We experience a couple more of these and play the same game but no harm is done. I've often wondered if introducing bromide to beer through Pubwatch would work in reducing the testosterone but that might be a bit too 'big brother'. We are getting towards the busier period now, 2am to 3am. Clubs and bars finish, those that are too drunk to realise they should be at home now head for a cold Subway or a kebab. This time of night can be busy with fights (as we discovered when the Falmouth Packet came out with us to see how quiet it was) or fine, never really a middle ground. My theory is that as well as the alcohol the atmosphere can be sensed by everyone, putting people on their guard. I'm normally quite good at sensing this and you'll often hear me moaning 'bit of a dodgy atmosphere tonight' but you know what, I'm never wrong. So we now have the revellers and police confined to a small stretch of street where the last bars and food places are.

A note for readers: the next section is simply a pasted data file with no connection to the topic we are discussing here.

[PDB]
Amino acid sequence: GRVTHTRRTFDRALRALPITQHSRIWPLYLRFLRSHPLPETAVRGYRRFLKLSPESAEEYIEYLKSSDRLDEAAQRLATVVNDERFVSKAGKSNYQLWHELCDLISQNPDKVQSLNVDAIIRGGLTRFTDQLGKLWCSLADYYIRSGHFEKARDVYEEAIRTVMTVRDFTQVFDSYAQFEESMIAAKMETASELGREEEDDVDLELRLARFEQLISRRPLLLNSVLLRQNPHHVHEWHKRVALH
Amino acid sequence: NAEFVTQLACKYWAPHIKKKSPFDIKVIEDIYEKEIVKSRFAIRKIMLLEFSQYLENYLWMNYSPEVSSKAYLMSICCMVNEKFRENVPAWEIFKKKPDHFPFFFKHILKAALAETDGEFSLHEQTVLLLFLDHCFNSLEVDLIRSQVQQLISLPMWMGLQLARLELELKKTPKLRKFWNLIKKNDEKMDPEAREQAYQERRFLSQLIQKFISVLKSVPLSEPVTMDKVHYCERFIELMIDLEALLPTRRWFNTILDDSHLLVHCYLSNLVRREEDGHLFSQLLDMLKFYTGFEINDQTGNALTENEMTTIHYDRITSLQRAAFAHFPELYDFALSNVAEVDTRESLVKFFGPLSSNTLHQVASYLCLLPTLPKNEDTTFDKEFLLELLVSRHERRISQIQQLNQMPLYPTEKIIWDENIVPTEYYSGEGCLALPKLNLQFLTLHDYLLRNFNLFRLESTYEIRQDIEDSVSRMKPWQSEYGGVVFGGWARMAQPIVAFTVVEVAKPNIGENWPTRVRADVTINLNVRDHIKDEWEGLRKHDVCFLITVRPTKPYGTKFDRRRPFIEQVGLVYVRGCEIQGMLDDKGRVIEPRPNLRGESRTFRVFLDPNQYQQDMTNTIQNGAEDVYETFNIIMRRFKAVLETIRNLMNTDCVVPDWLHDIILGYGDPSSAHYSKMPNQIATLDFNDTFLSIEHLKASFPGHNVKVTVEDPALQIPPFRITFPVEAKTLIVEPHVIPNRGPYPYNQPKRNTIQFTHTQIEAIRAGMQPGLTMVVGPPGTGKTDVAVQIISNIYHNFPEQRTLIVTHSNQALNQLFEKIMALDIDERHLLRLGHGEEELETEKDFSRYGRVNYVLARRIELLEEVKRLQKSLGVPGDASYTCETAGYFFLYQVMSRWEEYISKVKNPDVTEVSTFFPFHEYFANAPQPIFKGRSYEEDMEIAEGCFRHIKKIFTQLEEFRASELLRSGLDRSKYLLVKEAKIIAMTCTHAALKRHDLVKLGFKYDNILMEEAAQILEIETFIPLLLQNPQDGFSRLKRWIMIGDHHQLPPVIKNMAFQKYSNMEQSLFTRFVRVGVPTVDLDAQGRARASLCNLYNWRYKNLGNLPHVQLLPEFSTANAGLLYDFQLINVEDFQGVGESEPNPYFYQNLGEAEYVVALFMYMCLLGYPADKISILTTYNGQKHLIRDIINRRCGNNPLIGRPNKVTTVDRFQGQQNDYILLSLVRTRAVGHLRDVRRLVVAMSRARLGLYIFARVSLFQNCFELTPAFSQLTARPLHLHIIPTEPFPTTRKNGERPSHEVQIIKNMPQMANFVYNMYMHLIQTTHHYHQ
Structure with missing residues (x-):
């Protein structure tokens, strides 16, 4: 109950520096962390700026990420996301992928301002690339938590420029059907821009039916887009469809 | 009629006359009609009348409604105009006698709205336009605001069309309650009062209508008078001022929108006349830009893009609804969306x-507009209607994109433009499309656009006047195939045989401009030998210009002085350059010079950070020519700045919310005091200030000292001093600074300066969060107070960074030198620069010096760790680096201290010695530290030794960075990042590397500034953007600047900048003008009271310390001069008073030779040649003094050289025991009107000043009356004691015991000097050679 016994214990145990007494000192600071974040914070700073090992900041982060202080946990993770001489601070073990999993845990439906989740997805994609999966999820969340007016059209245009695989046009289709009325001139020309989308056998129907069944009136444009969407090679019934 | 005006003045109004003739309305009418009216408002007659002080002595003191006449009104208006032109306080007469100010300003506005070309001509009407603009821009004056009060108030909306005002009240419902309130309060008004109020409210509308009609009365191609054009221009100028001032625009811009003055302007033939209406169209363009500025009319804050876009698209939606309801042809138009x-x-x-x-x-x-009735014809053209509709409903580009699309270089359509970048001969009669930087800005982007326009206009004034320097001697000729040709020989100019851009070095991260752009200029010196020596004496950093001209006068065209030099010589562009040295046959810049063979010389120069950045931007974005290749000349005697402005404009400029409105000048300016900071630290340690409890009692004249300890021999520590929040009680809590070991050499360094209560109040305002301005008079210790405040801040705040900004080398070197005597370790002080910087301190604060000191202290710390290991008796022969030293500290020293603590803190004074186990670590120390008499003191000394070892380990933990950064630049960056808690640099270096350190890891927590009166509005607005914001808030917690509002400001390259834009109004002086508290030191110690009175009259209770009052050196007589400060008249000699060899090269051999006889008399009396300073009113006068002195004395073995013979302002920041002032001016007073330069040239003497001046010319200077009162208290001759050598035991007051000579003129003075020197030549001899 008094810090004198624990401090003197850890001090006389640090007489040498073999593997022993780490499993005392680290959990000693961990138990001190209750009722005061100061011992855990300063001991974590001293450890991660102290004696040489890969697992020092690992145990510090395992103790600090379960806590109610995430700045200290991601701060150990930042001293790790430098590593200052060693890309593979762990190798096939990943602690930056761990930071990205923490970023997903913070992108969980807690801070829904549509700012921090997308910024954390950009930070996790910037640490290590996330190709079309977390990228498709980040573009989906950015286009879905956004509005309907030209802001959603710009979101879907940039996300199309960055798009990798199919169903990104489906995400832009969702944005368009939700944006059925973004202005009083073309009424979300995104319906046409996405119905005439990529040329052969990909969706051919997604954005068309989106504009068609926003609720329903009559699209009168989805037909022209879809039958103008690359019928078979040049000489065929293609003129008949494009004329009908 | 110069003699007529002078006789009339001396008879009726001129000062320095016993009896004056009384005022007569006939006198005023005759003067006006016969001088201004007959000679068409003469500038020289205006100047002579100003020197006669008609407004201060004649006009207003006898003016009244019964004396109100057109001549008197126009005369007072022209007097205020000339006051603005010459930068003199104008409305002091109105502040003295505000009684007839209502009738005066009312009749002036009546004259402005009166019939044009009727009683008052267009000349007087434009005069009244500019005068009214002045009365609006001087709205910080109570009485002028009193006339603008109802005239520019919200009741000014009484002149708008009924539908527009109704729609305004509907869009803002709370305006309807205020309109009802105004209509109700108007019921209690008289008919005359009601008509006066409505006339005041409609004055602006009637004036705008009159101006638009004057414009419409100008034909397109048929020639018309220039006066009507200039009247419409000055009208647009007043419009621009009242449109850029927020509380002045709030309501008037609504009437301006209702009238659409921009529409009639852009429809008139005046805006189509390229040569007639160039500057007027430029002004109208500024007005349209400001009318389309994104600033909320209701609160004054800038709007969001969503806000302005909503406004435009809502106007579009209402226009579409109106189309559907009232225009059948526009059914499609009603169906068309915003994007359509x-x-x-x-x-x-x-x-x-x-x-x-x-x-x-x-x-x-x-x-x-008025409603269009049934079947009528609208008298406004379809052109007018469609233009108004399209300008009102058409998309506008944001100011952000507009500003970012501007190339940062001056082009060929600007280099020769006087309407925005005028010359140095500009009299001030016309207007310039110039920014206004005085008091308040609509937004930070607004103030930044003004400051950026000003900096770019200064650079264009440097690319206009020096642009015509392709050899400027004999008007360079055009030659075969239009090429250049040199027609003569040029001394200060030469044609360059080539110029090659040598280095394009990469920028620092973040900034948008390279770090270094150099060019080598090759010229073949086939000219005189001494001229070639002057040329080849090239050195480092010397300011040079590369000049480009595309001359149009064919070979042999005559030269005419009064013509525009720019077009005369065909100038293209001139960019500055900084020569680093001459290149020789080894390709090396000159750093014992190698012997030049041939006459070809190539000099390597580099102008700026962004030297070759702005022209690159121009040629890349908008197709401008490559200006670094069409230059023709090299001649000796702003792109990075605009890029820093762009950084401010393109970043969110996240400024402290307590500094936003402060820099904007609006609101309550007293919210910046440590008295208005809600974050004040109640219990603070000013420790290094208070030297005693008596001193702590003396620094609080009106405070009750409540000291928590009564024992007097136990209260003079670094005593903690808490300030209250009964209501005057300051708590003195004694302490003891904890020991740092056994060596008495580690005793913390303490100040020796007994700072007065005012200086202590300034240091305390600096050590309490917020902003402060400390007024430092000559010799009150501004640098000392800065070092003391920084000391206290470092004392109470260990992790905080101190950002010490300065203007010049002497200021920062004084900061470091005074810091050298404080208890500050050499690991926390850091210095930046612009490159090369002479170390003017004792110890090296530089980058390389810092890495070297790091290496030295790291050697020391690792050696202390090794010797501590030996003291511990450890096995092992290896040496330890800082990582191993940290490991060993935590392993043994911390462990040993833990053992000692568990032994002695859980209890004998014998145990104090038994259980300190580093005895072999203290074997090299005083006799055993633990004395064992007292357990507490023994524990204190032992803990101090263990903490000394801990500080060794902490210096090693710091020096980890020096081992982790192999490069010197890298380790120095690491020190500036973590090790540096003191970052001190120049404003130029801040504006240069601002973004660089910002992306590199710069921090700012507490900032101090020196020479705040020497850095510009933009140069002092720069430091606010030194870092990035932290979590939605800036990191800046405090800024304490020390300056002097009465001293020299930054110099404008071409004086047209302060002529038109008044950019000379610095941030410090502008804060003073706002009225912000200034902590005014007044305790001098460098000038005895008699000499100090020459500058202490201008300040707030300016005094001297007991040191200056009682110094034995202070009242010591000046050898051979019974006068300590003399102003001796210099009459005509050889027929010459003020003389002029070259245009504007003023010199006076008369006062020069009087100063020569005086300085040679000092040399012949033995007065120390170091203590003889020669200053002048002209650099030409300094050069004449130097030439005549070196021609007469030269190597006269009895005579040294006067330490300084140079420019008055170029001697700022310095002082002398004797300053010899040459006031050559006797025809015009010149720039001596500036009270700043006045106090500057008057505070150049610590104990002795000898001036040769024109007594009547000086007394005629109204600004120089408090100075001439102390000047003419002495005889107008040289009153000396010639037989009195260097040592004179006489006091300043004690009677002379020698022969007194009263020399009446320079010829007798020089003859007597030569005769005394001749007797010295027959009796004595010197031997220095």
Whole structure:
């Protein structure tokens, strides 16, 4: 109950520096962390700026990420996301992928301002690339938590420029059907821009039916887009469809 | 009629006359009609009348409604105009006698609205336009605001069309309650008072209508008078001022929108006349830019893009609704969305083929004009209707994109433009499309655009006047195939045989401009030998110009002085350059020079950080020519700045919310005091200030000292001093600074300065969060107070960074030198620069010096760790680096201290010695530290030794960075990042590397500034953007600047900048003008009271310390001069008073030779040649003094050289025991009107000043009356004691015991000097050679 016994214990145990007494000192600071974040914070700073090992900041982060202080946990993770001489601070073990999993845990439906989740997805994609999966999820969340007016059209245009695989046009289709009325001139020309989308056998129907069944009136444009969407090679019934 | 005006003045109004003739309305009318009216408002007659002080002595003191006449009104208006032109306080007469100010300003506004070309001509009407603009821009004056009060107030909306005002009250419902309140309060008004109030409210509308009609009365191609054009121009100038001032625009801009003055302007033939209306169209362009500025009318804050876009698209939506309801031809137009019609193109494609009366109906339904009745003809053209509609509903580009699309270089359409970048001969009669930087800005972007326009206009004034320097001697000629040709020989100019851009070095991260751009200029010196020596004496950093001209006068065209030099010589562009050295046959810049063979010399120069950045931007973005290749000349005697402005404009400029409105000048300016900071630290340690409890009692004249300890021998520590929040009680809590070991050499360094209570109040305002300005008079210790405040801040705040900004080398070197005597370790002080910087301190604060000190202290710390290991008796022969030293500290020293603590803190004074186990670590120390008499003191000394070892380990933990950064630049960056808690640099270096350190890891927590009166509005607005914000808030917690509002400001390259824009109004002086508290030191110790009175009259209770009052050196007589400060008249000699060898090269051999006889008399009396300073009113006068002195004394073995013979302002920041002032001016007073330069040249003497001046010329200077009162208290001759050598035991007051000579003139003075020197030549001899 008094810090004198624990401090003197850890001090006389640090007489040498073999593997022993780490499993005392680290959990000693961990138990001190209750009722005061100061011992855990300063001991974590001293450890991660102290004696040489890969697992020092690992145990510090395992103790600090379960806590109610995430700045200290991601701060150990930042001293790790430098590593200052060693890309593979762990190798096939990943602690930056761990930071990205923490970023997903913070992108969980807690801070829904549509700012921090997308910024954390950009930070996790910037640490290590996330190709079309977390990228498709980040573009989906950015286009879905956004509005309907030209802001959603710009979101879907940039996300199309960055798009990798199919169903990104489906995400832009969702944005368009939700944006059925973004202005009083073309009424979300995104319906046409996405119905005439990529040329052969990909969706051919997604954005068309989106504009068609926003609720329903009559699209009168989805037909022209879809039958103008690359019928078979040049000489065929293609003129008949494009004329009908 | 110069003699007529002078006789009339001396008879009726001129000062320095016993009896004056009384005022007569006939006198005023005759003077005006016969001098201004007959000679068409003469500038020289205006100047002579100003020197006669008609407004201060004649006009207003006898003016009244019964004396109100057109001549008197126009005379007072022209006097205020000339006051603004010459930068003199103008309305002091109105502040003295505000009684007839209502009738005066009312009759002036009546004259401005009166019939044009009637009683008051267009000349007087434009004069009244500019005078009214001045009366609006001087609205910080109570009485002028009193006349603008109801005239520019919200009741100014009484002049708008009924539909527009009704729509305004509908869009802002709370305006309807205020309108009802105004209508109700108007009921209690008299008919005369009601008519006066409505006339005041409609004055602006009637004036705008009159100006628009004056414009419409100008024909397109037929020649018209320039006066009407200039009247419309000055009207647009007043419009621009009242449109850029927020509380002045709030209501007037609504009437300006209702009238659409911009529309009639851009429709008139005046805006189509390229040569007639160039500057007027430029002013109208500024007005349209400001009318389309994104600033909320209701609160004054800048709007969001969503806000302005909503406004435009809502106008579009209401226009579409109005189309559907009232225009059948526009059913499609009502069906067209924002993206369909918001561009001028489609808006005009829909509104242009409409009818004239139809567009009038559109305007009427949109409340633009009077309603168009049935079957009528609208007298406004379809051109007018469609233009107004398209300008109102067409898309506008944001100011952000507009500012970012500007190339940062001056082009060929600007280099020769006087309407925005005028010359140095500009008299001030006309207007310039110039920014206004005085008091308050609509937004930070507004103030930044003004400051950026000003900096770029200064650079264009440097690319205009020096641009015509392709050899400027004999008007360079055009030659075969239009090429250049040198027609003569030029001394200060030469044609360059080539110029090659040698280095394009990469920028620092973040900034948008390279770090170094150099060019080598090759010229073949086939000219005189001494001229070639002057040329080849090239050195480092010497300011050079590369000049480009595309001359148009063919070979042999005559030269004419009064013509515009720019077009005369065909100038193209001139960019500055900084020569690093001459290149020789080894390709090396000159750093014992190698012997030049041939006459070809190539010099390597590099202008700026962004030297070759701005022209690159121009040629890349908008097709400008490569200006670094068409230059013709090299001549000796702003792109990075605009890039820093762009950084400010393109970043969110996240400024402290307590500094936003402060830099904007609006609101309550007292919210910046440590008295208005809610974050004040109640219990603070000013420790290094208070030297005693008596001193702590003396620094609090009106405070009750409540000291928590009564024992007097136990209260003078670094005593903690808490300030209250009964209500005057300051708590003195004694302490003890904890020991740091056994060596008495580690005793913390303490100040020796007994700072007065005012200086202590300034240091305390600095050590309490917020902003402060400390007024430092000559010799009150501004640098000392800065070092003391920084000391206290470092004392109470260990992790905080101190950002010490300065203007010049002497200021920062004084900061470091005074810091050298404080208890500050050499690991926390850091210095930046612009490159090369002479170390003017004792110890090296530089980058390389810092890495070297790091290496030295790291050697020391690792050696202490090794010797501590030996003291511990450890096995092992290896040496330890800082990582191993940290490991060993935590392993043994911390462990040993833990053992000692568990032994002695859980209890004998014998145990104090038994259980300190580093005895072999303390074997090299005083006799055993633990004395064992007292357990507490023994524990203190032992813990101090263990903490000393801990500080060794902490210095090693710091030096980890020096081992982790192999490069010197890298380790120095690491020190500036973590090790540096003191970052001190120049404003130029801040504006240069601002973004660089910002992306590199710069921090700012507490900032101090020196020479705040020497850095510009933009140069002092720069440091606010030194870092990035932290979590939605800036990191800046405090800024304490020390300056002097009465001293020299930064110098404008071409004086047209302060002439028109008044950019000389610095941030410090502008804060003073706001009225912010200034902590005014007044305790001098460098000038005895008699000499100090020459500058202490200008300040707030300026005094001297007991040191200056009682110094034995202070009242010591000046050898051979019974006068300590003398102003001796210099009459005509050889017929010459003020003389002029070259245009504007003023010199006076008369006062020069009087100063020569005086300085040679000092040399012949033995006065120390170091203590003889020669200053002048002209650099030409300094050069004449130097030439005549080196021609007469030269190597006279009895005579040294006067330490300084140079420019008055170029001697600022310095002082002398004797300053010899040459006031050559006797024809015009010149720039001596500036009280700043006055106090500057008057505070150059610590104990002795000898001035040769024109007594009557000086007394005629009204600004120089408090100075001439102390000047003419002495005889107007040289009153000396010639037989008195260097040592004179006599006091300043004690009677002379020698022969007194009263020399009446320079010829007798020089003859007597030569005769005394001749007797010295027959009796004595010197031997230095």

Scanning the crowd I can see that most are having fun and the atmosphere is good. This means I can get on with keeping an eye out for my pet hate - men (and women) who urinate in the street. This annoys me on a sliding scale from nipping done to the Church Street Car Park (telling off and sent on their way) to someone’s drive or doorway (£50 fine, severe telling off and deployment of wagging finger). You can spot them a mile off as they leave the club or kebab shop (that has a toilet) and run or skip towards an alley or doorway only to find their act being illuminated with torchlight almost immediately.